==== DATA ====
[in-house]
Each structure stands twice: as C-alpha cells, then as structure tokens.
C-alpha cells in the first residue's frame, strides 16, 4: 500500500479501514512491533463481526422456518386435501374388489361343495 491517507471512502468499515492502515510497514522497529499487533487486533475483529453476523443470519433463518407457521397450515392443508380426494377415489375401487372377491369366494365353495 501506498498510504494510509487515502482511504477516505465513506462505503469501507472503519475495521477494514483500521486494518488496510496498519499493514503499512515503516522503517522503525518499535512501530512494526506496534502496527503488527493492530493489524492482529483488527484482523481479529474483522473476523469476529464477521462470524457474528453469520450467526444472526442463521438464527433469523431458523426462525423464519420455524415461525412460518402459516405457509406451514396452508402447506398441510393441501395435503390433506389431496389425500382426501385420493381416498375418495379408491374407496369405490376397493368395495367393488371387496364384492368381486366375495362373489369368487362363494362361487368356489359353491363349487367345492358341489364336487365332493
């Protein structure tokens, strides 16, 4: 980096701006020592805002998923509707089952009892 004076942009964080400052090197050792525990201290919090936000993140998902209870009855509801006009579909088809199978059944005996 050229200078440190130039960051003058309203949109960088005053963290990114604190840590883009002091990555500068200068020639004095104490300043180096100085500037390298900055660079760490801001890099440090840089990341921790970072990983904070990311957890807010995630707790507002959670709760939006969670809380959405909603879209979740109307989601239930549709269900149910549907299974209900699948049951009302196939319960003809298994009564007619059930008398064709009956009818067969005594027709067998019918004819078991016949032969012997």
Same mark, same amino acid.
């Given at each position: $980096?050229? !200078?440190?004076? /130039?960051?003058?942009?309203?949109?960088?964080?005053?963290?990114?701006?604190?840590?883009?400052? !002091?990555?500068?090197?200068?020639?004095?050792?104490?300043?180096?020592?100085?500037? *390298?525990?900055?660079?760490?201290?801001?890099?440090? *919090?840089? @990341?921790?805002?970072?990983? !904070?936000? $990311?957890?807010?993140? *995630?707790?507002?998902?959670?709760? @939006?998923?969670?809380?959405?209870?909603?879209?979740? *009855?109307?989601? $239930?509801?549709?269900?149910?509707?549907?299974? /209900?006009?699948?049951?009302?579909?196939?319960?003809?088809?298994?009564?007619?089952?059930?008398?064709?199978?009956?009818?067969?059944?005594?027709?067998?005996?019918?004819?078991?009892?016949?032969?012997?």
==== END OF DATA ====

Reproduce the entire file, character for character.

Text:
[in-house]
Each structure stands twice: as C-alpha cells, then as structure tokens.
C-alpha cells in the first residue's frame, strides 16, 4: 500500500479501514512491533463481526422456518386435501374388489361343495 491517507471512502468499515492502515510497514522497529499487533487486533475483529453476523443470519433463518407457521397450515392443508380426494377415489375401487372377491369366494365353495 501506498498510504494510509487515502482511504477516505465513506462505503469501507472503519475495521477494514483500521486494518488496510496498519499493514503499512515503516522503517522503525518499535512501530512494526506496534502496527503488527493492530493489524492482529483488527484482523481479529474483522473476523469476529464477521462470524457474528453469520450467526444472526442463521438464527433469523431458523426462525423464519420455524415461525412460518402459516405457509406451514396452508402447506398441510393441501395435503390433506389431496389425500382426501385420493381416498375418495379408491374407496369405490376397493368395495367393488371387496364384492368381486366375495362373489369368487362363494362361487368356489359353491363349487367345492358341489364336487365332493
């Protein structure tokens, strides 16, 4: 980096701006020592805002998923509707089952009892 004076942009964080400052090197050792525990201290919090936000993140998902209870009855509801006009579909088809199978059944005996 050229200078440190130039960051003058309203949109960088005053963290990114604190840590883009002091990555500068200068020639004095104490300043180096100085500037390298900055660079760490801001890099440090840089990341921790970072990983904070990311957890807010995630707790507002959670709760939006969670809380959405909603879209979740109307989601239930549709269900149910549907299974209900699948049951009302196939319960003809298994009564007619059930008398064709009956009818067969005594027709067998019918004819078991016949032969012997």
Same mark, same amino acid.
């Given at each position: $980096?050229? !200078?440190?004076? /130039?960051?003058?942009?309203?949109?960088?964080?005053?963290?990114?701006?604190?840590?883009?400052? !002091?990555?500068?090197?200068?020639?004095?050792?104490?300043?180096?020592?100085?500037? *390298?525990?900055?660079?760490?201290?801001?890099?440090? *919090?840089? @990341?921790?805002?970072?990983? !904070?936000? $990311?957890?807010?993140? *995630?707790?507002?998902?959670?709760? @939006?998923?969670?809380?959405?209870?909603?879209?979740? *009855?109307?989601? $239930?509801?549709?269900?149910?509707?549907?299974? /209900?006009?699948?049951?009302?579909?196939?319960?003809?088809?298994?009564?007619?089952?059930?008398?064709?199978?009956?009818?067969?059944?005594?027709?067998?005996?019918?004819?078991?009892?016949?032969?012997?």